e i . l ; !.'s //, we calculate a jump ŒH.r C d.r; !/!; !/ at points To find ˚ .r l;s ; ! s /, where r l;s D l !? .'s / and ! s D !.'s /. The vector function H is calculated based on a Monte-Carlo method. Let .r/ for any r 2 G, where is a constant. Put e .r/ D . By Theorem 1, then, we arrive at a solution in the form of a convergent series such as in (9). The component . .r//'.r; !/ in the expression for the integral operator . .r//'.r; !/ can be treated as some fictitious scattering with the direction of photon propagation kept fixed. This method, called the maximum cross-section method [1], allows for simpler tricks with the free path length of a particle even in domains with a complex structure.With small variations of the total interaction coefficient in the medium, such an approach gives rather good results. Let m be the number of terms being considered in the Neumann series and n be the number of simulated trajectories. Then the function f .r; !/ can be found approximately in the form n 1X f .r; !/ f n .r; !/ D si .r; !/; n i D1 si .r; !/ D fe0 .r; !/ C

j m Y X 1 exp.d.r i;k1 ; ! i;k1 // j D1 kD1

. .r / C s .r i;k //Q.! i;k1 ; ! i;k /fe0 .r i;j ; ! i;j /: i;k

In simulating trajectories at each step .i; k/, we define r i;k setting r i;k D r i;k1 ! i;k1 ti;k ;

r i;0 D r;

! i;0 D !;

where ti;k is an independent realization of a random variable distributed on Œ0; d.r i;k1 ; ! i;k1 / with density .t/ D

exp.t/ : 1 exp.d.r i;k1 ; ! i;k1 //

Then we simulate a realization ˛i;k of a random variable distributed uniformly on Œ0; 1. In defining the quantity ! i;k and the matrix Q.! i;k1 ; ! i;k /, for ˛i;k

.r i;k / .r i;k / C s .r i;k /

we use the following formulas: !1i;k D !2i;k D

q

2 1 i;k cos 'i;k ;

q

2 1 i;k sin 'i;k ;

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!3i;k D i;k ; Q.! i;k1 ; ! i;k / D 4P .! i;k1 ; ! i;k /; and for ˛i;k <

.r i;k / .r i;k / C s .r i;k /

we use ! i;k D ! i;k1 ;

Q.! i;k1 ; ! i;k / D E:

Here i;k and 'i;k are independent realizations of random variables distributed uniformly on corresponding intervals Œ1; 1 and Œ0; 2/, and E is a 4 4 identity matrix. In the numerical experiments, the vector function was approximated by a sum of 10 terms in the Neumann series specified by (9) .m D 10/. In one experiment, 2,000 trajectories were taken .n D 2;000/. Initially, the Radon transform was calculated at i D 1, which corresponds to an algorithm for the scalar transfer equation [10]. Values for the function .r/ on a 400 400 uniform grid in the plane r3 D 0 were computed by using an algorithm of convolution and inverse projection [14]. The result of reconstruction is depicted in Fig. 1b. A similar reconstruction at i D 2 is presented in Fig. 1c. Thus, the above-described generalization of the algorithm of solving the tomography problem to the case of a vector transfer equation for polarized radiation yields, in a number of cases, a more qualitative reconstruction as compared to the approach used earlier. In the practical aspect, this means that application of specialtype polarized sources does essentially expand the possibilities for nondestructive radiative control of various objects.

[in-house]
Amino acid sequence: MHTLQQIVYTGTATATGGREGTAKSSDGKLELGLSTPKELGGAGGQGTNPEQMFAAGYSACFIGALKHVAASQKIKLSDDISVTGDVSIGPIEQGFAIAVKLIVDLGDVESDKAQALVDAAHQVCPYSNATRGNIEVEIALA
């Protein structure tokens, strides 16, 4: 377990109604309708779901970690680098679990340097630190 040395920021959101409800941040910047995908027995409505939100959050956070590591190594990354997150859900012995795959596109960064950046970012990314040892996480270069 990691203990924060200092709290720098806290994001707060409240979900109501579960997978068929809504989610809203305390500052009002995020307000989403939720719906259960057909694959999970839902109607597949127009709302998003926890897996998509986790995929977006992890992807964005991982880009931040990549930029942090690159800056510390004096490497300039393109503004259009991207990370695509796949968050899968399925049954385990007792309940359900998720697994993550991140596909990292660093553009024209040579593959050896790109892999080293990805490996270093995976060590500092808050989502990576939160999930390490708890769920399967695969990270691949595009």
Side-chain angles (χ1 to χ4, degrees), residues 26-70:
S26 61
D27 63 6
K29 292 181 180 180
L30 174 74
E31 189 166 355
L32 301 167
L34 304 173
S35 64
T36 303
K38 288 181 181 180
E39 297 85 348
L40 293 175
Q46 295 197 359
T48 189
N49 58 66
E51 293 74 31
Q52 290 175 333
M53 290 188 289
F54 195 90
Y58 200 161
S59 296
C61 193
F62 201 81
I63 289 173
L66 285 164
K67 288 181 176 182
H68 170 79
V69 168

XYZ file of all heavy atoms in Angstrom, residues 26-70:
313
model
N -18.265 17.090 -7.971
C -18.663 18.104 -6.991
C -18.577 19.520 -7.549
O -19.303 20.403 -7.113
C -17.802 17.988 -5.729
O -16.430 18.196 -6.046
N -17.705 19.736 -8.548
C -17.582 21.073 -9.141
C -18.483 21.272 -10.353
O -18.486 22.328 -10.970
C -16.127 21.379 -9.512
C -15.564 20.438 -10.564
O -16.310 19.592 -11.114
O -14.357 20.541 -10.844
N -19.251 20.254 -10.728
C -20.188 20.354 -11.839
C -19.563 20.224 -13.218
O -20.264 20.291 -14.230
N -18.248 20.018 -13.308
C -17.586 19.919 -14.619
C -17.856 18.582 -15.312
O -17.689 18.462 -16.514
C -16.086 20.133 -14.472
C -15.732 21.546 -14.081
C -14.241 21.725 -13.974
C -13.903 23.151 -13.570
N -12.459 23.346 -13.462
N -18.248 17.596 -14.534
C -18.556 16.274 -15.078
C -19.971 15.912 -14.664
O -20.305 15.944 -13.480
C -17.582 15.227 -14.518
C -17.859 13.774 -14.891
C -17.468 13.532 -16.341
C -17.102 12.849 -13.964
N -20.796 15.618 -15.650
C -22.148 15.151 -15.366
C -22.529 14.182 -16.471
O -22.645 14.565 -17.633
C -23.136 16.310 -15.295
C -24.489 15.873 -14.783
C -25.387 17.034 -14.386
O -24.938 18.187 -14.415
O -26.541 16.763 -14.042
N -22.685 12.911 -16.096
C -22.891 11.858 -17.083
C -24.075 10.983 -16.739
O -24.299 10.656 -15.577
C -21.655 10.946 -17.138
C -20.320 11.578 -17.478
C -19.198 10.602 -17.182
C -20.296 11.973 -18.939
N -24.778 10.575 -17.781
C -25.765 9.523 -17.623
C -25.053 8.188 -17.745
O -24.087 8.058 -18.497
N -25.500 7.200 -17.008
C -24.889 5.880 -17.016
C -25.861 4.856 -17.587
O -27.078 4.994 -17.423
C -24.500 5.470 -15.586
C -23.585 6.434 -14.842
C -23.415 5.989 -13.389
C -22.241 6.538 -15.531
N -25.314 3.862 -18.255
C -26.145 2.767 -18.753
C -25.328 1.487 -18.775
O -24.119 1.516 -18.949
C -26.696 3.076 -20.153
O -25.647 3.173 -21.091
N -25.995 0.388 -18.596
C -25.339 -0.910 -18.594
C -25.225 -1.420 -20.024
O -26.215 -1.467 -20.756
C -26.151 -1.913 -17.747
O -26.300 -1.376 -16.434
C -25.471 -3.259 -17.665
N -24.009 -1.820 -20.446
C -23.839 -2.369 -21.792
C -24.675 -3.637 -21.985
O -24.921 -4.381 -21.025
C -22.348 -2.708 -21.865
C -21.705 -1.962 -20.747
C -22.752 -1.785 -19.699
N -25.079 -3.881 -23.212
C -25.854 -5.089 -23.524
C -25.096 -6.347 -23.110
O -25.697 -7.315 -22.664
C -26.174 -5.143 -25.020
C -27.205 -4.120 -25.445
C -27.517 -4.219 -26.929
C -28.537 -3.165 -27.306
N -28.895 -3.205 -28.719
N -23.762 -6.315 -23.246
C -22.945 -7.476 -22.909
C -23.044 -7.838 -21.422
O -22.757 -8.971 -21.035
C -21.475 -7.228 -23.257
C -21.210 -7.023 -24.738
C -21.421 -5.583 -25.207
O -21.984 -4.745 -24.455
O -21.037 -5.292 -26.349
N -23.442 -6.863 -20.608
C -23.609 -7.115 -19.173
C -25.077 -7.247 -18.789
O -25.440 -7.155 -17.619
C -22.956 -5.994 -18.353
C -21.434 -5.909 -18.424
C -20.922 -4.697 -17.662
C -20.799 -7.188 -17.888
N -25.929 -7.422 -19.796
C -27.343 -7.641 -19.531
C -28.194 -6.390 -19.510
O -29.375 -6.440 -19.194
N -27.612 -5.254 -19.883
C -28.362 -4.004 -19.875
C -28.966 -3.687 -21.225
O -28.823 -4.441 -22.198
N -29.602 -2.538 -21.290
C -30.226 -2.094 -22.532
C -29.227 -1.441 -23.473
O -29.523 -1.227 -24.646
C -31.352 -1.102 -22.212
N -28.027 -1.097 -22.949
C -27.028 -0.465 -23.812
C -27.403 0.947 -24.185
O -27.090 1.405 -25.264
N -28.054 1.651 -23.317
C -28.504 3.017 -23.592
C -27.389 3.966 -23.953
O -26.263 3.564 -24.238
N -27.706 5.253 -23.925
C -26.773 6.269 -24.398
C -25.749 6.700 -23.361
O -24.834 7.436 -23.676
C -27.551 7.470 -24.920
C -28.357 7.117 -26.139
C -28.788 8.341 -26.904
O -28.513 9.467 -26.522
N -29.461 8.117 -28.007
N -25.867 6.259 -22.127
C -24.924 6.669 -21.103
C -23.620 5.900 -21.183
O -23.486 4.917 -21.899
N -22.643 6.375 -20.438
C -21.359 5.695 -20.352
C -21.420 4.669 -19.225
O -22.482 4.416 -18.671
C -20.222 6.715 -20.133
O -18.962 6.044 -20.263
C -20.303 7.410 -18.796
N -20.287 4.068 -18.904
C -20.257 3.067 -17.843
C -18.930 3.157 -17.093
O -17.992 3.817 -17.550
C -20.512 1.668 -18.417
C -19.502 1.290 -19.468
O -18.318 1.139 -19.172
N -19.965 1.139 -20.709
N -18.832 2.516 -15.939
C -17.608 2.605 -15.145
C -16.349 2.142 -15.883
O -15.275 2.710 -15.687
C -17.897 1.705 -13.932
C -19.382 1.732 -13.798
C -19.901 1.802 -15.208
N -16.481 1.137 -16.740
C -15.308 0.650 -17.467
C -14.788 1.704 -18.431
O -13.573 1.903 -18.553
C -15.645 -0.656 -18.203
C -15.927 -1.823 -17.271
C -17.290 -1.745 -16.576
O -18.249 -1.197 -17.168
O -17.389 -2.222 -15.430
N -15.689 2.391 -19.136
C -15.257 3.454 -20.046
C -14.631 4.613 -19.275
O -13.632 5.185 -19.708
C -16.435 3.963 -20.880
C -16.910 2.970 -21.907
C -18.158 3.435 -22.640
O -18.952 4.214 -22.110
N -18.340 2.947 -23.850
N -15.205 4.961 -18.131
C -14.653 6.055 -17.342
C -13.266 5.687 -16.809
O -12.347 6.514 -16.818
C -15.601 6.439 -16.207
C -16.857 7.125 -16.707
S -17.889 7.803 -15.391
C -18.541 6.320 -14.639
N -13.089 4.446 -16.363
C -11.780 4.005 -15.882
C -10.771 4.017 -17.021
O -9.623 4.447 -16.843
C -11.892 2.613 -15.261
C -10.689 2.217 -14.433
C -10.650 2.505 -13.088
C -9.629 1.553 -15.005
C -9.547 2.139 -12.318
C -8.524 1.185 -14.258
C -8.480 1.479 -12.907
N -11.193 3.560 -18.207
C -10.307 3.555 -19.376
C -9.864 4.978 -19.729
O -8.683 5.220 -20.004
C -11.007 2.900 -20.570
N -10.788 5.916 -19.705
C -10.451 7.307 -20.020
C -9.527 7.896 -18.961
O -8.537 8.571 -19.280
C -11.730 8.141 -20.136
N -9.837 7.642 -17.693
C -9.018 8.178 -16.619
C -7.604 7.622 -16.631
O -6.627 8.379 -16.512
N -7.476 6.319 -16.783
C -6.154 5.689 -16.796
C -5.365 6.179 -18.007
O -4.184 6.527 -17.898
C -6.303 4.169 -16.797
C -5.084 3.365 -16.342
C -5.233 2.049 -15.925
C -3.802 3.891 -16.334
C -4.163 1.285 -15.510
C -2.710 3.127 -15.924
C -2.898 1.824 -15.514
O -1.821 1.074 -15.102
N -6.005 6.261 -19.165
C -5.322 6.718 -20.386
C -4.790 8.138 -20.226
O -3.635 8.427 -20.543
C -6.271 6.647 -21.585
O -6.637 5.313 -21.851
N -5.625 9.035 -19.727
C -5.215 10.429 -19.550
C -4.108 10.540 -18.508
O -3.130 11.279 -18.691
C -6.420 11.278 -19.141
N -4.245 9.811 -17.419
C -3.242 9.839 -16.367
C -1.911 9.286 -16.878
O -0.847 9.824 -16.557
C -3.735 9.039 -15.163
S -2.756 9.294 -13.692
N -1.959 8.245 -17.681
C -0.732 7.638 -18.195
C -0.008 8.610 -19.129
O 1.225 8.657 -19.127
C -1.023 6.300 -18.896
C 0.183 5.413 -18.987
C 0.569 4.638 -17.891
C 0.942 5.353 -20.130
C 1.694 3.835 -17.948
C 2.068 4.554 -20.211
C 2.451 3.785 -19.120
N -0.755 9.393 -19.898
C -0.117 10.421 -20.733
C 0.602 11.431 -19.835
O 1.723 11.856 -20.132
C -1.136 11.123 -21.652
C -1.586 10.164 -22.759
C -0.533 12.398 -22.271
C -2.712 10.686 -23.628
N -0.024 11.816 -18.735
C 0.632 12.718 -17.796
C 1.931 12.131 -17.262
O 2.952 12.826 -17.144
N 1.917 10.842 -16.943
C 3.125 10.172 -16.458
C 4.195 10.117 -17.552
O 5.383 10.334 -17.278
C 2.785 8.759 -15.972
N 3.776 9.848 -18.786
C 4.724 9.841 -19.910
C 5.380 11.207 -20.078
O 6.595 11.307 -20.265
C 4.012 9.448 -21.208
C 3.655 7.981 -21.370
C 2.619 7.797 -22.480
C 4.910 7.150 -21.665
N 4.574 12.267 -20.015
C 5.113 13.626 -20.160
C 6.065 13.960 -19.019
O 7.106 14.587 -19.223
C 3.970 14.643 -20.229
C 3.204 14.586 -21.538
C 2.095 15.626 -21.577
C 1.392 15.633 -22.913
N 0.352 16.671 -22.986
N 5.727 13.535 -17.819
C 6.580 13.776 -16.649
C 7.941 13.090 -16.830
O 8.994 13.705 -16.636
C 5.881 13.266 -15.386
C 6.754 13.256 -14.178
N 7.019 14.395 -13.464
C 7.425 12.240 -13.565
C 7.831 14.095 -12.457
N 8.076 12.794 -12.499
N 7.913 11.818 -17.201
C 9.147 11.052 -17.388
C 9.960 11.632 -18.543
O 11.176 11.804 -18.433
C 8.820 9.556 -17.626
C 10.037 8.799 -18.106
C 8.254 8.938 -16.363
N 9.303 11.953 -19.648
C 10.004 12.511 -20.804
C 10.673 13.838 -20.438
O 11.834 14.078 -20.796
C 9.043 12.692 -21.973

References 1. Marchuk G.I., Mikhailov G.A., Nazarliev M.A. et al. Monte–Carlo Method in Atmospheric Optics, Novosibirsk: Nauka, 1976. (in Russian) 2. Germogenova T.A., Konovalov N.V., and Kuz’mina M.G. Foundations of Mathematical Theory for Polarized Radiation Transfer (Rigorous Results), Proc. All-Union Symp. on Invariance Principle and Its Applications, Byurakan, 1981, Yerevan: Akad. Nauk Armyan. SSR, 1989, pp. 271–284. (in Russian) 3. Mikhailov G.A., Ukhinov S.A., and Chimaeva A.S. Variance of Standard Vector Estimate of Monte–Carlo Method in Polarized Radiation Transfer Theory, J. Comp. Math. and Math. Phys., 2006, vol. 46, no. 11., pp. 2099–2113. 4. Sushkevich T.A., Strelkov S.A., and Maksakova S.V. Mathematical Model of Polarized Radiation Transfer, J. Math. Model., 1998, vol. 10, no. 7. pp. 61–75. (in Russian) 5. Siewert C.E. Determination of the Single Scattering Albedo from Polarization Measurements of the Rayleigh Atmosphere, Astrophys. Space Sci., 1979, vol. 60, pp. 237–239. 6. Siewert C.E. Solution of an Inverse Problem in Radiative Transfer with Polarization, J. Quant. Spectrosc. Radiat. Transfer, 1983, vol. 30, no. 6. pp. 523–526. 7. Ukhinov S.A. and Yurkov D.I. Computation of the Parametric Derivatives of Polarized Radiation and the Solution of Inverse Atmospheric Optics Problems, Russ. J. Numer. Anal. Math. Model., 2002, vol. 17, no. 3, pp. 283–303.